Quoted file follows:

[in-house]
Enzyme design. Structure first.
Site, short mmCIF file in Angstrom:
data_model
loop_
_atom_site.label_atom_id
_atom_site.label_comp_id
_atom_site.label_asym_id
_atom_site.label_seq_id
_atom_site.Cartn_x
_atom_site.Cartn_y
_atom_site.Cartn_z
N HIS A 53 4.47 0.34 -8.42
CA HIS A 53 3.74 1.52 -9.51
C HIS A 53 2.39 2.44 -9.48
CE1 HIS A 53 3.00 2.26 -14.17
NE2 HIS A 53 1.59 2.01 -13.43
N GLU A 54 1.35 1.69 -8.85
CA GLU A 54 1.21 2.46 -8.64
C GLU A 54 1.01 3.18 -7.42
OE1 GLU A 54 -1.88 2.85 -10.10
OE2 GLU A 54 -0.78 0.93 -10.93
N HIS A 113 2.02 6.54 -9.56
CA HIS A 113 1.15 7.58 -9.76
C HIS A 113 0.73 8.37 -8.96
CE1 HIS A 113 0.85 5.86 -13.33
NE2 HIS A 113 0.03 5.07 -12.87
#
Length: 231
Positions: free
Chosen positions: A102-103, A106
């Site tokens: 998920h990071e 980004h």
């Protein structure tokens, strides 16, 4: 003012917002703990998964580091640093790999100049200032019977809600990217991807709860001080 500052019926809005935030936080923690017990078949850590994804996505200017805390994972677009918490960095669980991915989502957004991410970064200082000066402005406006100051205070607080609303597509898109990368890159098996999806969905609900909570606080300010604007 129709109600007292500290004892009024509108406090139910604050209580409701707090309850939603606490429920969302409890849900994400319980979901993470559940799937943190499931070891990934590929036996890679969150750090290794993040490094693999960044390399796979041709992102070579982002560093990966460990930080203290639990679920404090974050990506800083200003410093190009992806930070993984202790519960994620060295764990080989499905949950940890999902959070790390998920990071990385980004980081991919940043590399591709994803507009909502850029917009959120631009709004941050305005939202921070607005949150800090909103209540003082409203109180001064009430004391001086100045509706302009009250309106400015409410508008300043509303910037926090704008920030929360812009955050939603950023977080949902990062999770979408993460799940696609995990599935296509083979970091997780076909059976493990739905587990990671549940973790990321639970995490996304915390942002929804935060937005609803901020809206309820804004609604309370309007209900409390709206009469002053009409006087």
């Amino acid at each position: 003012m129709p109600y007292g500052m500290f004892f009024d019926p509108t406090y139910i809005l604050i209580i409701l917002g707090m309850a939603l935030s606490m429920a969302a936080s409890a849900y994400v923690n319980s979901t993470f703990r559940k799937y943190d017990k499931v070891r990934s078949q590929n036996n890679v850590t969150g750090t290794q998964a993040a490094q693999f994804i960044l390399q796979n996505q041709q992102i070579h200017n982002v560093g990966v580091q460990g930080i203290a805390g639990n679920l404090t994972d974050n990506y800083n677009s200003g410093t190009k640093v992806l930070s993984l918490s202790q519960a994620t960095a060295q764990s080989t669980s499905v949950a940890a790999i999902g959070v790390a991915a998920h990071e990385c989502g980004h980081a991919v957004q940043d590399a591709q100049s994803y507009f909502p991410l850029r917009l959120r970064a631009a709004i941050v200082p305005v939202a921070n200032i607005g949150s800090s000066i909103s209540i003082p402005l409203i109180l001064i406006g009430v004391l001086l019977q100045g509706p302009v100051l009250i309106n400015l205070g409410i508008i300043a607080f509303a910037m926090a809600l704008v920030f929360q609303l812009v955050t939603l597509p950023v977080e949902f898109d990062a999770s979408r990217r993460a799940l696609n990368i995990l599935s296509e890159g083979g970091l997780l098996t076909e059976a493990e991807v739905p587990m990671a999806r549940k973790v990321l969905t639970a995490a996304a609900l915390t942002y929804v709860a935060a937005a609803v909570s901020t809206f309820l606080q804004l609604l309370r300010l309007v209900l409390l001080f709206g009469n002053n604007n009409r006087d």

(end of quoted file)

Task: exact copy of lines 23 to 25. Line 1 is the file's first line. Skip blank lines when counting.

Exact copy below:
N HIS A 113 2.02 6.54 -9.56
CA HIS A 113 1.15 7.58 -9.76
C HIS A 113 0.73 8.37 -8.96